Music Review: Nashville Symphony’s “Mozart & Strauss”

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Nashville Symphony’s SunTrust Classical Series: “Mozart & Strauss” (Jan. 10 – 12; All ages)
Schermerhorn Symphony Center
1 Symphony Place, Nashville
687-6400 • nashvillesymphony.org
Remaining showtimes: Fri – Sat 8 p.m.
Tickets: $28 – $115

A stupendous evening of wonderful music awaits your family as our Grammy Award-winning Nashville Symphony magnificently performs its current Classical Series installment, “Mozart & Strauss,” featuring guest soloist Jennifer Koh on violin.

Nashville Symphony Musical Director Giancarlo Guerrero conducts the orchestra with a dramatic, commanding presence throughout the entire evening. In fact, one of the kids in the audience I talked to after the show said she liked seeing how the conductor “made music come to life.”

The orchestra opens the evening with Richard Strauss’ Don Juan, Op. 20, which is the composer’s first major breakthrough (that was initially performed in 1889). The 18-minute energetic “tone poem” takes listeners through a diverse musical landscape that appropriately introduces the evening.

Koh joins the orchestra for a stunning delivery of Karol Szymanowski’s Concerto No. 1 for Violin and Orchestra, Op. 35, and she truly shines performing the piece’s signature sound of the solo violin. She plays with intense passion, and it’s interesting to note that it’s by chance that she even took up the violin. As a child, spaces for cello and piano were full, so she chose the violin in a Suzuki-method program. What’s more, she made her debut with the Chicago Symphony Orchestra at age 11.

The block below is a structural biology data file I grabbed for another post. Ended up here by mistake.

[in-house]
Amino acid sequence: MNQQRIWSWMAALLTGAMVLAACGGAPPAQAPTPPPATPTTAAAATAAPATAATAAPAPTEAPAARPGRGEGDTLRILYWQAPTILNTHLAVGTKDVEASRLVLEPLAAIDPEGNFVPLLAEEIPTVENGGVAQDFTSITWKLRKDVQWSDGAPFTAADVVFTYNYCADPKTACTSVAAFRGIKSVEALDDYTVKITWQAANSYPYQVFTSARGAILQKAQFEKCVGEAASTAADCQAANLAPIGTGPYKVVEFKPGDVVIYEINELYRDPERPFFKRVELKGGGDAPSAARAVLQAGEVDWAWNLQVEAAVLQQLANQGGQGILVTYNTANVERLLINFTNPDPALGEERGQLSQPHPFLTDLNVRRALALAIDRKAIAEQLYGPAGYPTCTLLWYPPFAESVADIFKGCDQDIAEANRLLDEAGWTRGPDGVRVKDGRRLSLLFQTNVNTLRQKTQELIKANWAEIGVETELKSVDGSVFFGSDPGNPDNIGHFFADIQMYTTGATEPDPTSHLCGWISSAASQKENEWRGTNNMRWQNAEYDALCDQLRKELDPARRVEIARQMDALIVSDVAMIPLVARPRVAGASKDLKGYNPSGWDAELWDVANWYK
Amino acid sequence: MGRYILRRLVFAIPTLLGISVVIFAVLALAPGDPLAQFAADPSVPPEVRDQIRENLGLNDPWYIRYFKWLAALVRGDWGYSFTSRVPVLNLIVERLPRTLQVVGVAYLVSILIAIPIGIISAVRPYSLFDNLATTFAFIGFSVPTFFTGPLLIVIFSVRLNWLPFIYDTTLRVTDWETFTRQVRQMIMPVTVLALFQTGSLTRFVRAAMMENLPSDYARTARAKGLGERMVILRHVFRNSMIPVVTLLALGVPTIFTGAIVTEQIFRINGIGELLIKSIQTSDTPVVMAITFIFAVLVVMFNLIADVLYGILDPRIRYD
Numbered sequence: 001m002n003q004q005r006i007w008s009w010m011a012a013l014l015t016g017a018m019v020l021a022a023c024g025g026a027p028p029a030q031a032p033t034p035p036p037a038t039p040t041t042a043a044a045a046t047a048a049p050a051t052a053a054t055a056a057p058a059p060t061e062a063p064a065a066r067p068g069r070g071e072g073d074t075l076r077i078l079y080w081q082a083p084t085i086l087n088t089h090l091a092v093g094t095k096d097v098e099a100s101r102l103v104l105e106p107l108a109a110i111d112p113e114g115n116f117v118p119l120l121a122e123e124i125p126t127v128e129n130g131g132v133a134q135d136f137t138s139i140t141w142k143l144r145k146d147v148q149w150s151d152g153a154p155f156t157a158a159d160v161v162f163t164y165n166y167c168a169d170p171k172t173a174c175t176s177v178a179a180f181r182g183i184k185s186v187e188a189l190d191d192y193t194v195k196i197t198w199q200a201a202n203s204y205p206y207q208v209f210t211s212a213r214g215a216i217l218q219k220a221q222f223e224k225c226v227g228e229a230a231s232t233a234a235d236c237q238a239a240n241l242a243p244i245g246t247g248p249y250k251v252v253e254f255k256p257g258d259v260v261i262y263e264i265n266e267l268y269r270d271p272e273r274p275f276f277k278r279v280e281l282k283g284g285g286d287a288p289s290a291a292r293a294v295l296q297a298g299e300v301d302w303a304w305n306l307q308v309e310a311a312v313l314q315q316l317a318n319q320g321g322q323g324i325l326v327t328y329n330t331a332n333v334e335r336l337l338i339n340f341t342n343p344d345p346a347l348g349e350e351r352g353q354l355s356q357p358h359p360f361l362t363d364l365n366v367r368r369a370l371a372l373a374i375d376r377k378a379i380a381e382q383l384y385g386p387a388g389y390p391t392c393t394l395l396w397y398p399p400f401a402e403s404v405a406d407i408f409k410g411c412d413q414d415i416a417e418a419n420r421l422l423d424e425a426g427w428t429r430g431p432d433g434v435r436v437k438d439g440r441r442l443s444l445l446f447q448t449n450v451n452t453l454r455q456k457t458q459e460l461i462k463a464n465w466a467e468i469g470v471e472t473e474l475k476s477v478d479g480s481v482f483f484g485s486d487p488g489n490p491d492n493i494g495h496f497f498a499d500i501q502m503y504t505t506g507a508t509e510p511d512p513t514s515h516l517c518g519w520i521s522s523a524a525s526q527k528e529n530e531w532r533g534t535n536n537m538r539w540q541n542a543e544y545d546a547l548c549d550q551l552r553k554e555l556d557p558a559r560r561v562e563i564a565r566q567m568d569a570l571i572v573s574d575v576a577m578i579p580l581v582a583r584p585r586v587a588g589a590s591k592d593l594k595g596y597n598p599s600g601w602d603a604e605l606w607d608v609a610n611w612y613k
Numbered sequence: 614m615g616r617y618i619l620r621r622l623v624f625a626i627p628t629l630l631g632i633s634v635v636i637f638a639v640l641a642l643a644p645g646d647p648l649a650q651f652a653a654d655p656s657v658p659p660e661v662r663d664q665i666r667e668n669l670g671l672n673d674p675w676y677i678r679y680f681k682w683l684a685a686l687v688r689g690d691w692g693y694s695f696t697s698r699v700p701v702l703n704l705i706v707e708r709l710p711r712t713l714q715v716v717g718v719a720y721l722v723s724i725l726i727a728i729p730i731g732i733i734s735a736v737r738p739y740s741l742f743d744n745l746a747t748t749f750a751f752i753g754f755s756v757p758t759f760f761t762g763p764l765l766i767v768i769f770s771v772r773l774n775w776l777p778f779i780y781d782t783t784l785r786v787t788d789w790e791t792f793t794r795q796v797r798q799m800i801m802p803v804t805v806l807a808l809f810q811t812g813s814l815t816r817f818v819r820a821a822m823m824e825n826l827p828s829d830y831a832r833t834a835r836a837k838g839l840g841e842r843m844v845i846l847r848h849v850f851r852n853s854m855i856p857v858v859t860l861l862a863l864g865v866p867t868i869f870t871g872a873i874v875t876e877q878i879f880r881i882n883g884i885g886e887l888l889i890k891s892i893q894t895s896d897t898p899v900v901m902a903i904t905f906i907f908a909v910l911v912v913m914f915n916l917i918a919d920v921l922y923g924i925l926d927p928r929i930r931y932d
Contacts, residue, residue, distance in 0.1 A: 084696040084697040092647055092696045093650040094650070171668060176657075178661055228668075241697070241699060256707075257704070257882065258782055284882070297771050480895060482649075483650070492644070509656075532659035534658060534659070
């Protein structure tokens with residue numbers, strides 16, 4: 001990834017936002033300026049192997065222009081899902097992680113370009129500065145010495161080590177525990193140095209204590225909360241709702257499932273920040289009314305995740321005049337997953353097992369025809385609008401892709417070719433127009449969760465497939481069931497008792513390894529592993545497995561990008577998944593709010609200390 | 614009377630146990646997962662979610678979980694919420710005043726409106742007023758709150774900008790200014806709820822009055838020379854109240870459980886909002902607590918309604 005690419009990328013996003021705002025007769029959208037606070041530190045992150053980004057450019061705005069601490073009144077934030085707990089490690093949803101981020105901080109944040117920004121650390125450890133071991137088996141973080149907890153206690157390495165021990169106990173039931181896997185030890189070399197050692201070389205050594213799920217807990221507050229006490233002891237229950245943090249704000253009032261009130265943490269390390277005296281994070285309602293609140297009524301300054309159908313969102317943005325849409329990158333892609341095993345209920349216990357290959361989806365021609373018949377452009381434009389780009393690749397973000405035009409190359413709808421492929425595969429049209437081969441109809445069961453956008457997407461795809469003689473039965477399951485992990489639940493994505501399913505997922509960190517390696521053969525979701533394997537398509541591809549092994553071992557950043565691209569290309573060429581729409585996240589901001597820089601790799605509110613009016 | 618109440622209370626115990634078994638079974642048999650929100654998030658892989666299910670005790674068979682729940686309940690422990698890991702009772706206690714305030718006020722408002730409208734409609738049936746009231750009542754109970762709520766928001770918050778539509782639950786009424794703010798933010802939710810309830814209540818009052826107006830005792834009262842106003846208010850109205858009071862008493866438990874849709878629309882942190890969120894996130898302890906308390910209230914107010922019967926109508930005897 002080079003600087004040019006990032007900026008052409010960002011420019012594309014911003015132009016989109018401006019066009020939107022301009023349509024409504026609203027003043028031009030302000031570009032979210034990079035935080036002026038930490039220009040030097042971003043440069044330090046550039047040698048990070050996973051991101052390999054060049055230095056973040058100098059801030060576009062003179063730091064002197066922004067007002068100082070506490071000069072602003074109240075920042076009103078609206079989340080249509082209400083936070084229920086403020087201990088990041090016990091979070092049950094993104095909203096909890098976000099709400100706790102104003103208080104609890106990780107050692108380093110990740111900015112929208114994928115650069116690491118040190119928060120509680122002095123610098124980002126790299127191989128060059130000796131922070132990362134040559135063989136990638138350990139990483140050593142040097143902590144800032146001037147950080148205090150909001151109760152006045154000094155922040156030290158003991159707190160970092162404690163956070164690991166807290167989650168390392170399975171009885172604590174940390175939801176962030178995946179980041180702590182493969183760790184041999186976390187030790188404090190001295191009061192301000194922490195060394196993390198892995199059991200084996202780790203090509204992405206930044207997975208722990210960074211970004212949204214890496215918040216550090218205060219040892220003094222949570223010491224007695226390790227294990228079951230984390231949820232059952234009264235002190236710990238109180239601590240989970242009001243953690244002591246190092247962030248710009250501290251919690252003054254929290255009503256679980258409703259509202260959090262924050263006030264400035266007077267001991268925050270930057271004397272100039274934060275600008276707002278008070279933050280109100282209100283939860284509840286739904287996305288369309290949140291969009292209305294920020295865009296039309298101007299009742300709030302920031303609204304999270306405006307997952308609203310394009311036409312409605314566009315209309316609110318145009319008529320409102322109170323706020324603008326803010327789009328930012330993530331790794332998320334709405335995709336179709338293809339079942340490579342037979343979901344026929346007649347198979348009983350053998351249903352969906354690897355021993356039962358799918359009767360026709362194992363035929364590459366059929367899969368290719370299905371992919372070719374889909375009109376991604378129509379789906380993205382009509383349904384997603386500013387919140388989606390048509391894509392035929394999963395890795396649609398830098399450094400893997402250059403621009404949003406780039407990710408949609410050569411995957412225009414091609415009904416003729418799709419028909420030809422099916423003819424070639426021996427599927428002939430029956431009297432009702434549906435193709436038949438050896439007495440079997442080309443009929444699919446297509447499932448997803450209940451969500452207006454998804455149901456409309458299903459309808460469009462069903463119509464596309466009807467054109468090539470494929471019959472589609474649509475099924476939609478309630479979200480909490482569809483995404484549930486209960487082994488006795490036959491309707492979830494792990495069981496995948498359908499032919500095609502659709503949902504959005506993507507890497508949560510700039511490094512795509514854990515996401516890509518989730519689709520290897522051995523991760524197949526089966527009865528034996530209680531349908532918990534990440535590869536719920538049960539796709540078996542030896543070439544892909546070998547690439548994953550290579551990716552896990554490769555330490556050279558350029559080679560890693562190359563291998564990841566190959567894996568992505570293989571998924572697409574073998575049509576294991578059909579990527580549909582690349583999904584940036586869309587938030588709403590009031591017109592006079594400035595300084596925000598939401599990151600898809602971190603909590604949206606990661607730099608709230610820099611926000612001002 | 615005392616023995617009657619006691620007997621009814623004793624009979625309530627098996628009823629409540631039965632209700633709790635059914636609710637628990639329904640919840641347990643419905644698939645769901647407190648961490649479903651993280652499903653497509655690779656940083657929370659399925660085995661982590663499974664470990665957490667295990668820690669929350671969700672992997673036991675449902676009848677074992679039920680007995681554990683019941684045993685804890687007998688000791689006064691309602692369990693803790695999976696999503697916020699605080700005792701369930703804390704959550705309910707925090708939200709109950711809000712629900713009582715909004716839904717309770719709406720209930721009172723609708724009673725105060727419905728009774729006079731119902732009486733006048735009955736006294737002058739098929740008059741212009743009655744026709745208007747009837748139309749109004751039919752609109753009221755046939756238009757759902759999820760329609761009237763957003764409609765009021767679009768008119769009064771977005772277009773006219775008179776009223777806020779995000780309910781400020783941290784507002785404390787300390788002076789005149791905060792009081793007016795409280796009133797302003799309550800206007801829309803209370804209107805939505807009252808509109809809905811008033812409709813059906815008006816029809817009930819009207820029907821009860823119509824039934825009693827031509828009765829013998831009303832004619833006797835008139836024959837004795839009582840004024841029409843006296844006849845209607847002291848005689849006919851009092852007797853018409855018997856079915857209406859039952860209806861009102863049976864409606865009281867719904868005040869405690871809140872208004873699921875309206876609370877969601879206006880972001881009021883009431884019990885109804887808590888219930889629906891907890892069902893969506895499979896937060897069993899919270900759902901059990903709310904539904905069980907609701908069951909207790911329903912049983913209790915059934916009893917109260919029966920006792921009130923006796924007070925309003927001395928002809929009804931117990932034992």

After intermission, the Symphony revs back up with a lively performance of Wolfgang Amadeus Mozart’s Symphony No. 39 in E-flat major, K. 543, one of the composer’s final three works. The beauty of this piece is the vivid emotions it invokes as it shifts into different musical territories.

The night ends with Strauss’ Till Eulenspiegels lustige Streiche, Op. 28, and the composer based this work on a mischievous German folk hero. The orchestra deftly plays this piece from its soft fairytale-like opening to striking dramatic bars where horns, clarinets and drums boast a powerful array of musical impact.

Any outing to the beautiful Schermerhorn Symphony Center to experience the Nashville Symphony is a perfect one for families, and “Mozart & Strauss” is no exception. It was incredible to see so many kids in the audience on opening night of a classical series. One of the great things about music, regardless of style or genre, is how it transcends the ages and can be powerfully inspirational.

Chad Young is the managing editor and arts/entertainment editor for this publication.

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